Hardware Hides Many Sins
Date Published: 17 March 2021
Early in my career I was taught this lesson by one of my clients. We were building an application for internal use at the company which would run on a dedicated server sitting in a server room in the same building as its users. I had concerns that some approach we were taking was inefficient. My client (and mentor at the time) explained:
Hardware hides many sins.
What he meant was, it didn't matter if a particular operation or algorithm wasn't perfectly efficient in our context. The company had already bought very capable servers which as yet were sitting idle while we were busy building the app that would eventually run on them. The system we were building would save the company money and potentially help them make more money, every day, but only once we released it. What's more, the company was paying internal staff as well as two hourly consultants (me and another developer) to build the system. How long would it take to recoup the cost of optimizing for a more efficient approach, in terms of our hours billed?
From a business perspective, his advice made perfect sense. This was well before "the cloud" and utility-priced computing. The servers were a sunk cost and had capacity to spare. The scarce resource was our time. Identifying the scarce resource and optimizing its use is key to building effective systems - both human and technical. Our compute cost was effectively free until it reached the limits of the server at which point, yes, we might be inclined to optimize. Or we might just buy another server (assuming we architected the system to allow for horizontal scaling) which could be a lot cheaper (typically when optimizing for performance there is "low hanging fruit" that gets you big gains, and then things get a lot tougher and more expensive as you strive for each little bit more).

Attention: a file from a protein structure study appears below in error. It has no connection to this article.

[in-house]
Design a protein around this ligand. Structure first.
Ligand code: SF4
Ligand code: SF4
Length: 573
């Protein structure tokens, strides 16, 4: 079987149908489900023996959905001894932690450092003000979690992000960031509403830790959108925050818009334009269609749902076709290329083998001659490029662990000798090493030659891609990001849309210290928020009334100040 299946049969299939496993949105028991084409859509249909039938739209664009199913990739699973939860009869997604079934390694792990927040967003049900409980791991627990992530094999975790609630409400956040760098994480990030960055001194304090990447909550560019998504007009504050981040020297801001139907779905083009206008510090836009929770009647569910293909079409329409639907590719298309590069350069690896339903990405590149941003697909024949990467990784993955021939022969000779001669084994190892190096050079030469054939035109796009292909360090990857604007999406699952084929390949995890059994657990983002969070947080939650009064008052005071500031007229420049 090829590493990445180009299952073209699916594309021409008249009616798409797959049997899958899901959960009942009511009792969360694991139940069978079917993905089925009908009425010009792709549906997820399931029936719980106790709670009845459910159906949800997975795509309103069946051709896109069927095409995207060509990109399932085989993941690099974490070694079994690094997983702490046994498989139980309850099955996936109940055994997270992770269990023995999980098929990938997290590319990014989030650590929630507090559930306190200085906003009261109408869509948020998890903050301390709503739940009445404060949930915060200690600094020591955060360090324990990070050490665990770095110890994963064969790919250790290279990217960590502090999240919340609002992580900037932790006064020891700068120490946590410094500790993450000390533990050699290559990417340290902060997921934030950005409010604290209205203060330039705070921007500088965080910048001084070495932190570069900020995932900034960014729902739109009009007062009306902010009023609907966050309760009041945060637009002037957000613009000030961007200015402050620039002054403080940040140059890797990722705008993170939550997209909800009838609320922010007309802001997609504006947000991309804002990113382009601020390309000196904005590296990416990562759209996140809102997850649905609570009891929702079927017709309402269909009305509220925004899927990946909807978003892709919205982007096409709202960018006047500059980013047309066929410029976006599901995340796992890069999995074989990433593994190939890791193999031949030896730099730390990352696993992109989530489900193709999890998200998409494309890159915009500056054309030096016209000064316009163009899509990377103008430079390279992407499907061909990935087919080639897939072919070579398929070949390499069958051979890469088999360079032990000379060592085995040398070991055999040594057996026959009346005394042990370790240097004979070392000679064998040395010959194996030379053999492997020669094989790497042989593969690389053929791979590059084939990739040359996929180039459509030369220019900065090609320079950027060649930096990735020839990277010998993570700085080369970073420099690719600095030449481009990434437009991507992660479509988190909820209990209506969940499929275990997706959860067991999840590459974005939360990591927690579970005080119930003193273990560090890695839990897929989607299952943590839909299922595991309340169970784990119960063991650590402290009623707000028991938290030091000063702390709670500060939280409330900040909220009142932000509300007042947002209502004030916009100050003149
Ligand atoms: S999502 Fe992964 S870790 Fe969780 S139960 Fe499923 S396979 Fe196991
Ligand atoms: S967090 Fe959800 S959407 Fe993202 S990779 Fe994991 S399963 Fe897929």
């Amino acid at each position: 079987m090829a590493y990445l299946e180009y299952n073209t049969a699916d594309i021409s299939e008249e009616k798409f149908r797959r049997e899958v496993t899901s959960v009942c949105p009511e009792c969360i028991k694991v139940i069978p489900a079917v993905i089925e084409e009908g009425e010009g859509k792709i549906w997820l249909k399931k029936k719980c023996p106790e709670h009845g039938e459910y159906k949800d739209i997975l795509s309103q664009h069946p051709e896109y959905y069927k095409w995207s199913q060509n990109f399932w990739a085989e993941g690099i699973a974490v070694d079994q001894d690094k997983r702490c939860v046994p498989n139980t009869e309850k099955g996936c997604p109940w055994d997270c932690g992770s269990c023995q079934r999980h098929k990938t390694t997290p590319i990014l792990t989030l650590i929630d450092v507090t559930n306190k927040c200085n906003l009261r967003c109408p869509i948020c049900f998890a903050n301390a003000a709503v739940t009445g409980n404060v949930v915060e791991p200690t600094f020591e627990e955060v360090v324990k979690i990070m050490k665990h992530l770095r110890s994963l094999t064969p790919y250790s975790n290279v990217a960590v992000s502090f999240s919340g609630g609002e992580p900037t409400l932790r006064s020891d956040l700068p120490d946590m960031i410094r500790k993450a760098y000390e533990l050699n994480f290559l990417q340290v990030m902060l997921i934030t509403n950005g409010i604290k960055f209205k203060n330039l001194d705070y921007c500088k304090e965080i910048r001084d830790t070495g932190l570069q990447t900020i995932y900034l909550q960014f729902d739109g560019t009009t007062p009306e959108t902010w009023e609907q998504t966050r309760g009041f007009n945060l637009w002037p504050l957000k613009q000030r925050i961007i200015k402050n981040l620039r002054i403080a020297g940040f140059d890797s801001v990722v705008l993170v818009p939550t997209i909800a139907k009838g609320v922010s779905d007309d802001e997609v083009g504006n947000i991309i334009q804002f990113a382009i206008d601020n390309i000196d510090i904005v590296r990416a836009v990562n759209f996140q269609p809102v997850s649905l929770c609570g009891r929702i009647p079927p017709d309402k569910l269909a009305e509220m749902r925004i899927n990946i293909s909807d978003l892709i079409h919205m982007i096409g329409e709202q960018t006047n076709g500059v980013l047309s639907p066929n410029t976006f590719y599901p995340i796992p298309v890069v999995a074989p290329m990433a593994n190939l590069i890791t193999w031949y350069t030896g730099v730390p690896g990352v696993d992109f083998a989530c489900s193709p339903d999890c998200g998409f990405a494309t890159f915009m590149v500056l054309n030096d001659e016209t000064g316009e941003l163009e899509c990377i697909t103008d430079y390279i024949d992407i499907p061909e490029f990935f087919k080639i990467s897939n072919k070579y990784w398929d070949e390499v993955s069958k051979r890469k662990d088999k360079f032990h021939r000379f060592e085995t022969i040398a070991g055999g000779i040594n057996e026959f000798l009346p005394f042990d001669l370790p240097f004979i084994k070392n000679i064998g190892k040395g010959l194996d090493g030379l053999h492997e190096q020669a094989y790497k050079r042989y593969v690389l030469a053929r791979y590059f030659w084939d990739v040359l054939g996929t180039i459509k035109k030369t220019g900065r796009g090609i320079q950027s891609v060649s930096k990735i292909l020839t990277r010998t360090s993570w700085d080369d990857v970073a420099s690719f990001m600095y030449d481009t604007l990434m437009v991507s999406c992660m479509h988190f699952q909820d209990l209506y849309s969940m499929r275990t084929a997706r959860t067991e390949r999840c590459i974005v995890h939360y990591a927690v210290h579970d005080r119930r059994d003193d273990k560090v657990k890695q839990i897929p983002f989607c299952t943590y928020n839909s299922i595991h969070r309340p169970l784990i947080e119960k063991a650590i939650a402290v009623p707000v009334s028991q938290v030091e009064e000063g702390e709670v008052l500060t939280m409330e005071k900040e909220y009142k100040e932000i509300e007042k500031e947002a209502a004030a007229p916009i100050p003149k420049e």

I didn't know the term at the time, but the "hardware hides many sins" aphorism is closely related to YAGNI. And obviously it's yet another caution against premature optimization.
Does this mean you should never worry about algorithms, big O notation, performance or efficiency in your code? Of course not. But you need to consider the context in which your code and application will run, and make decisions that optimize for the right things. At the end of the day, you're trying to solve the customer's problems, and if compute resources aren't scarce, any time you spend getting the app's performance beyond good enough is waste. When solving a particular problem, "Make it work, make it right, make it fast" and only do the last step if you have evidence it's necessary.
Steve is an experienced software architect and trainer, focusing on code quality and Domain-Driven Design with .NET.